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Financial Markets

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Financial market (Wikipedia) In economics, typically, the term market means the aggregate of possible buyers and sellers of a certain good or service and the transactions between them.

Financial market (Wikipedia)

The term "market" is sometimes used for what are more strictly exchanges, organizations that facilitate the trade in financial securities, e.g., a stock exchange or commodity exchange. This may be a physical location (like the NYSE, BSE, NSE) or an electronic system (like NASDAQ). Much trading of stocks takes place on an exchange; still, corporate actions (merger, spinoff) are outside an exchange, while any two companies or people, for whatever reason, may agree to sell stock from the one to the other without using an exchange. Trading of currencies and bonds is largely on a bilateral basis, although some bonds trade on a stock exchange, and people are building electronic systems for these as well, similar to stock exchanges.

Types of financial markets[edit] Raising capital[edit] Lenders[edit] Individuals & Doubles[edit] Companies[edit]

Commodities

Derivative (finance) Many money managers use derivatives for a variety of purposes, such as hedging — by taking a position in a derivative, losses on portfolio holdings may be minimized or offset by profits on the derivative.

Derivative (finance)

Likewise, derivatives can be used to gain quicker and more efficient access to markets; for example, it may be easier and quicker to purchase an S & P 500 futures contract than to invest in the underlying securities.[3] Derivatives are a contract between two parties that specify conditions (especially the dates, resulting values and definitions of the underlying variables, the parties' contractual obligations, and the notional amount) under which payments are to be made between the parties.[4][5] The most common underlying assets include commodities, stocks, bonds, interest rates and currencies, but they can also be other derivatives, which adds another layer of complexity to proper valuation.

Still, even these scaled down figures represent huge amounts of money. Futures contract. Forward contract. In finance, a forward contract or simply a forward is a non-standardized contract between two parties to buy or to sell an asset at a specified future time at a price agreed upon today.[1] This is in contrast to a spot contract, which is an agreement to buy or sell an asset today. Swap (finance) Swaps were first introduced to the public in 1981 when IBM and the World Bank entered into a swap agreement.[2] Today, swaps are among the most heavily traded financial contracts in the world: the total amount of interest rates and currency swaps outstanding is more thаn $348 trillion in 2010, according to Bank for International Settlements (BIS).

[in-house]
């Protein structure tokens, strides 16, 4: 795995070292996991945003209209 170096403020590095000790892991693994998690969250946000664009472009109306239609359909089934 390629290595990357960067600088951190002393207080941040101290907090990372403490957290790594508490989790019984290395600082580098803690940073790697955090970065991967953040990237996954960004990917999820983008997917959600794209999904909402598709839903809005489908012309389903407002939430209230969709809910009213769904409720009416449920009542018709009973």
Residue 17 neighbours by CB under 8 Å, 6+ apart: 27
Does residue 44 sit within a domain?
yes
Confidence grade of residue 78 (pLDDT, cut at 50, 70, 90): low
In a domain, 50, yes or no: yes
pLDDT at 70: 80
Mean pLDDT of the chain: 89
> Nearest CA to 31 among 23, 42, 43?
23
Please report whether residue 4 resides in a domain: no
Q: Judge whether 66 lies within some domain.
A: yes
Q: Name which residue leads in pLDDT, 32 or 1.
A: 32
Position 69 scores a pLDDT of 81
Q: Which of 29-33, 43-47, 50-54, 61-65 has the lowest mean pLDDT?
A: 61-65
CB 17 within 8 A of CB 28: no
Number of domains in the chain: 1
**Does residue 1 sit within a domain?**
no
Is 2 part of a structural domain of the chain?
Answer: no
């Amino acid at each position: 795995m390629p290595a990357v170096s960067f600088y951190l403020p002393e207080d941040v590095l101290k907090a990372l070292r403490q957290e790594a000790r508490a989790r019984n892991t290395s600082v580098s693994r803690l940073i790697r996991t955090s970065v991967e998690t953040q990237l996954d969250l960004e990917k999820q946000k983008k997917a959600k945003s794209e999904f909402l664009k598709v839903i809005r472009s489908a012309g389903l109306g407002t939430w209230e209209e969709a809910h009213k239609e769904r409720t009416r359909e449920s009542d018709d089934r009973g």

Swap (finance)

The Bank for International Settlements (BIS) publishes statistics on the notional amounts outstanding in the OTC derivatives market. At the end of 2006, this was USD 415.2 trillion, more than 8.5 times the 2006 gross world product. However, since the cash flow generated by a swap is equal to an interest rate times that notional amount, the cash flow generated from swaps is a substantial fraction of but much less than the gross world product—which is also a cash-flow measure. The majority of this (USD 292.0 trillion) was due to interest rate swaps. These split by currency as:

Security (finance) A security is a tradable asset of any kind.[1] Securities are broadly categorized into: The company or other entity issuing the security is called the issuer. A country's regulatory structure determines what qualifies as a security. For example, private investment pools may have some features of securities, but they may not be registered or regulated as such if they meet various restrictions. Securities may be classified according to many categories or classification systems: Securities are the traditional way that commercial enterprises raise new capital.

Investors in securities may be retail, i.e. members of the public investing other than by way of business. Corporate bonds represent the debt of commercial or industrial entities. Euro debt securities are securities issued internationally outside their domestic market in a denomination different from that of the issuer's domicile. Hybrid securities combine some of the characteristics of both debt and equity securities. Stock. For "capital stock" in the sense of the fixed input of a production function, see Physical capital.

Stock

For the goods and materials that a business holds, see Inventory. Shares[edit] IBEX 35 highest dividend yielding stocks. Debt. A debt is an obligation owed by one party (the debtor) to a second party, the creditor; usually this refers to assets granted by the creditor to the debtor, but the term can also be used metaphorically to cover moral obligations and other interactions not based on economic value.

Debt

[citation needed] A debt is created when a creditor agrees to lend a sum of assets to a debtor. Debt is usually granted with expected repayment; in modern society, in most cases, this includes repayment of the original sum, plus interest.[1] In finance, debt is a means of using anticipated income and future purchasing power in the present before it has actually been earned. Some companies and corporations use debt as a part of their overall corporate finance strategy. Terms[edit]